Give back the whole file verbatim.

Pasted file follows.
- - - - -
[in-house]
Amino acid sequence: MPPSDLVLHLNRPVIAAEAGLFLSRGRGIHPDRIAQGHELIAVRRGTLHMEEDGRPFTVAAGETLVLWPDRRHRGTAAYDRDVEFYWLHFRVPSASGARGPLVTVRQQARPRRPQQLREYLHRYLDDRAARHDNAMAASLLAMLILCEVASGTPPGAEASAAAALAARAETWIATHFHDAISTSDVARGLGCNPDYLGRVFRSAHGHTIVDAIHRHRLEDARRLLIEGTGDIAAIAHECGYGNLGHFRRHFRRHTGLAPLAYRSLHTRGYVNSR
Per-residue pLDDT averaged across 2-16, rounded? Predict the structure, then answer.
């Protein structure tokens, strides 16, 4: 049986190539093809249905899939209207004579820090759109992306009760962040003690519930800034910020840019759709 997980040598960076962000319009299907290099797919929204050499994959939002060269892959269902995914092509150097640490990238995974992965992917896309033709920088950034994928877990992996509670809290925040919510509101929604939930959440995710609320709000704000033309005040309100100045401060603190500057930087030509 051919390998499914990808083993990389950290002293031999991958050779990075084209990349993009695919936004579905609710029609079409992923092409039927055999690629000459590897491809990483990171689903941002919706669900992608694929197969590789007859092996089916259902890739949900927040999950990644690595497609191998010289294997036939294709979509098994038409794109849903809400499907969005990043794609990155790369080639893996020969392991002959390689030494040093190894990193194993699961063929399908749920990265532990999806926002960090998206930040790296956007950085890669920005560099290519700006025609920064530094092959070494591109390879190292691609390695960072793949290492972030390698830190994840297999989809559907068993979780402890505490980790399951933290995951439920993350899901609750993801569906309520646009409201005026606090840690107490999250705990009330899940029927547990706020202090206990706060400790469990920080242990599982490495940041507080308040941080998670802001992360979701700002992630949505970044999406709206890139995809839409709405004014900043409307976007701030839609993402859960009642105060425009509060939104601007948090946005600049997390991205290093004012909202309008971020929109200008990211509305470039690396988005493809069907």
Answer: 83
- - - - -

[in-house]
Amino acid sequence: MPPSDLVLHLNRPVIAAEAGLFLSRGRGIHPDRIAQGHELIAVRRGTLHMEEDGRPFTVAAGETLVLWPDRRHRGTAAYDRDVEFYWLHFRVPSASGARGPLVTVRQQARPRRPQQLREYLHRYLDDRAARHDNAMAASLLAMLILCEVASGTPPGAEASAAAALAARAETWIATHFHDAISTSDVARGLGCNPDYLGRVFRSAHGHTIVDAIHRHRLEDARRLLIEGTGDIAAIAHECGYGNLGHFRRHFRRHTGLAPLAYRSLHTRGYVNSR
Per-residue pLDDT averaged across 2-16, rounded? Predict the structure, then answer.
């Protein structure tokens, strides 16, 4: 049986190539093809249905899939209207004579820090759109992306009760962040003690519930800034910020840019759709 997980040598960076962000319009299907290099797919929204050499994959939002060269892959269902995914092509150097640490990238995974992965992917896309033709920088950034994928877990992996509670809290925040919510509101929604939930959440995710609320709000704000033309005040309100100045401060603190500057930087030509 051919390998499914990808083993990389950290002293031999991958050779990075084209990349993009695919936004579905609710029609079409992923092409039927055999690629000459590897491809990483990171689903941002919706669900992608694929197969590789007859092996089916259902890739949900927040999950990644690595497609191998010289294997036939294709979509098994038409794109849903809400499907969005990043794609990155790369080639893996020969392991002959390689030494040093190894990193194993699961063929399908749920990265532990999806926002960090998206930040790296956007950085890669920005560099290519700006025609920064530094092959070494591109390879190292691609390695960072793949290492972030390698830190994840297999989809559907068993979780402890505490980790399951933290995951439920993350899901609750993801569906309520646009409201005026606090840690107490999250705990009330899940029927547990706020202090206990706060400790469990920080242990599982490495940041507080308040941080998670802001992360979701700002992630949505970044999406709206890139995809839409709405004014900043409307976007701030839609993402859960009642105060425009509060939104601007948090946005600049997390991205290093004012909202309008971020929109200008990211509305470039690396988005493809069907």
Answer: 83